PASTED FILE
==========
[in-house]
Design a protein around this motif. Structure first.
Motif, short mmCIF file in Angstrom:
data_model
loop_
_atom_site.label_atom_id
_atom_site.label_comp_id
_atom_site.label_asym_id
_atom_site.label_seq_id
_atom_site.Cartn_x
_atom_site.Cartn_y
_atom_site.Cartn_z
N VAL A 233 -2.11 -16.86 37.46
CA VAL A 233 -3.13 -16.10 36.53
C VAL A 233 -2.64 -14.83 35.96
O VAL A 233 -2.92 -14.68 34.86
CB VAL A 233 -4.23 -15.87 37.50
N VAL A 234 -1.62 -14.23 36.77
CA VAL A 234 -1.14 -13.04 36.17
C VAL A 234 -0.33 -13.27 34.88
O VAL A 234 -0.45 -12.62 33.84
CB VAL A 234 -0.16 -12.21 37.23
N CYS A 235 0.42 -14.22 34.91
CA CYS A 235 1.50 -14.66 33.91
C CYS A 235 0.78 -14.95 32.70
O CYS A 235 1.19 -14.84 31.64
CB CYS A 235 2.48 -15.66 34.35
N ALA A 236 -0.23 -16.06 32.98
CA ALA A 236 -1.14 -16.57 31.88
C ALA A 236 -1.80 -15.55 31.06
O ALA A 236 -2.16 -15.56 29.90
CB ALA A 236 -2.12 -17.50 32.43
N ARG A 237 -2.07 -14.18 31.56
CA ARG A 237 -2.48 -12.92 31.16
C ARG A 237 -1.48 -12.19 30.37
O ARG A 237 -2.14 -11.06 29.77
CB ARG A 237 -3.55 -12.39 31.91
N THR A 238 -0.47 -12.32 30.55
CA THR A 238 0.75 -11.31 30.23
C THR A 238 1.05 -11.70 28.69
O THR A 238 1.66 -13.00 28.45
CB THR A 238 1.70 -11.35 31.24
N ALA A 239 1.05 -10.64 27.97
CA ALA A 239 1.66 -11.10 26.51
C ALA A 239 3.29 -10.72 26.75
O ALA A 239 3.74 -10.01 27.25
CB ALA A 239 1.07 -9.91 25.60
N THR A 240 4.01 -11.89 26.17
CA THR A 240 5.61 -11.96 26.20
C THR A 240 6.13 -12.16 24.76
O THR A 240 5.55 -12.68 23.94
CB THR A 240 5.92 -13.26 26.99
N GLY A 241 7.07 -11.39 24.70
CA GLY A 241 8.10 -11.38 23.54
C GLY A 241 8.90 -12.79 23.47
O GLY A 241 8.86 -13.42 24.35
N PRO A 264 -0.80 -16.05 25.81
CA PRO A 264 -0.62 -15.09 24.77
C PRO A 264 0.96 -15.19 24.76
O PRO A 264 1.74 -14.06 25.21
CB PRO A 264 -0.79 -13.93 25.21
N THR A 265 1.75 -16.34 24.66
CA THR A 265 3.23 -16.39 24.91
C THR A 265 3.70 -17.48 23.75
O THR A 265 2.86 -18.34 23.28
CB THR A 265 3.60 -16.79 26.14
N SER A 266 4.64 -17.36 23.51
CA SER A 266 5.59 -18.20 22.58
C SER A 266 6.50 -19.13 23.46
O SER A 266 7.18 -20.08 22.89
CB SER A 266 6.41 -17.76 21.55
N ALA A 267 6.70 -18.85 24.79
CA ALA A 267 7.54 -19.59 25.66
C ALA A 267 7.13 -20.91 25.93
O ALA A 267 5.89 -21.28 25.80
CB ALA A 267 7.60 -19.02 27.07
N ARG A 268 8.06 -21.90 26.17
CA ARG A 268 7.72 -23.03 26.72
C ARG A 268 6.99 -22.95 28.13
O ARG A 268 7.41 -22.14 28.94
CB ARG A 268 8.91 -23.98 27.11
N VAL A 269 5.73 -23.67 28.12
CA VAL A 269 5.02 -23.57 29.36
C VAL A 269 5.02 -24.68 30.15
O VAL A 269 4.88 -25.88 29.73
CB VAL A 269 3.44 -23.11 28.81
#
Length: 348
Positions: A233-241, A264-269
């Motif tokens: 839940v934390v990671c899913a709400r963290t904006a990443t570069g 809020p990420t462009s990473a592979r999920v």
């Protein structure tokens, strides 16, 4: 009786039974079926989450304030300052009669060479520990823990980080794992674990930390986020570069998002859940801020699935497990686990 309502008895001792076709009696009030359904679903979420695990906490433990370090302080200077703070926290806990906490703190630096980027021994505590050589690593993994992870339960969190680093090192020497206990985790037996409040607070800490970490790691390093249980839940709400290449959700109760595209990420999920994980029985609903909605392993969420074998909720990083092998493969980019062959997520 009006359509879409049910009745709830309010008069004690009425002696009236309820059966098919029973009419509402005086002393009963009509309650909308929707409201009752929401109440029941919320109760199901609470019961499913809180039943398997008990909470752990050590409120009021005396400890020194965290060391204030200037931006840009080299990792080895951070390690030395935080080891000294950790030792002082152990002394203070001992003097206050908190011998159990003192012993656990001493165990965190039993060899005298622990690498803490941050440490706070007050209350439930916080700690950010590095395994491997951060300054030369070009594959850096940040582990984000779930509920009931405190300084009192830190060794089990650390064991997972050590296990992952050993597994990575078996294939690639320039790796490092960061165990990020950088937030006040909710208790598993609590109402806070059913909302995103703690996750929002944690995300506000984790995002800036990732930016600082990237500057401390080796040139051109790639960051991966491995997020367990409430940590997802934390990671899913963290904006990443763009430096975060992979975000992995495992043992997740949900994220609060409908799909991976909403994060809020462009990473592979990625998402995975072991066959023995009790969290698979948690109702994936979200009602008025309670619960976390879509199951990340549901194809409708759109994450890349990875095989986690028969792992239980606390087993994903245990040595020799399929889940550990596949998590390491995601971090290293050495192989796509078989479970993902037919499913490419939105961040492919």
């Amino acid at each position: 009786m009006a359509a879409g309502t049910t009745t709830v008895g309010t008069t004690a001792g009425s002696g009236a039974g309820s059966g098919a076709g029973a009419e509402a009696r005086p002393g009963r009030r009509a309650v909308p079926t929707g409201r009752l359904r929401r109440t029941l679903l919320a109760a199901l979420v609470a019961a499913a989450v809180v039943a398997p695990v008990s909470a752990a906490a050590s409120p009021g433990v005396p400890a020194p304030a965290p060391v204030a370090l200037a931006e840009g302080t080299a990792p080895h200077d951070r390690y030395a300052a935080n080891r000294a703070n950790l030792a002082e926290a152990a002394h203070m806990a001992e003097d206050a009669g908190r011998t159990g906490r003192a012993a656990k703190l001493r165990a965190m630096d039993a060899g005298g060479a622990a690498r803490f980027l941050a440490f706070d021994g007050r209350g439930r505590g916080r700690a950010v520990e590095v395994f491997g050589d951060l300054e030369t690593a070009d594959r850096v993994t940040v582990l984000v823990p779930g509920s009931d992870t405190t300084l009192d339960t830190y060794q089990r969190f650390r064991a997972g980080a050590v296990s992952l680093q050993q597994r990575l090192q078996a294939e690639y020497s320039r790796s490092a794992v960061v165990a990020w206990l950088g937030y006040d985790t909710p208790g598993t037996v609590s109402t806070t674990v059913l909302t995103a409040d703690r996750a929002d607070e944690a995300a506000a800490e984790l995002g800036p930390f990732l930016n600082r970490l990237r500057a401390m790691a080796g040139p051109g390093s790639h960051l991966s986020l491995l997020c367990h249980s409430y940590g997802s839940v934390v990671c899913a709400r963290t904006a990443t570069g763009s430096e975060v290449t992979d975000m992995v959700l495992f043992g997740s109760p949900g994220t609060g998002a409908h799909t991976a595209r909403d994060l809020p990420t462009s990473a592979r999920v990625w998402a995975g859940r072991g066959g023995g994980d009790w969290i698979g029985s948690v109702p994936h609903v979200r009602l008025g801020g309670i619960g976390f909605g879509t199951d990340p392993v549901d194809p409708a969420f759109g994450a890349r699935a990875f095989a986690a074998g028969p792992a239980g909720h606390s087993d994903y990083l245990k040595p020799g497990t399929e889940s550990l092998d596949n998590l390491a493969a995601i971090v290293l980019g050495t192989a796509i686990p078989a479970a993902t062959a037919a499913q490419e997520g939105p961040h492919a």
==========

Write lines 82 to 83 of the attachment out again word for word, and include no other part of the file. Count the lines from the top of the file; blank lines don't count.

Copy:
N VAL A 269 5.73 -23.67 28.12
CA VAL A 269 5.02 -23.57 29.36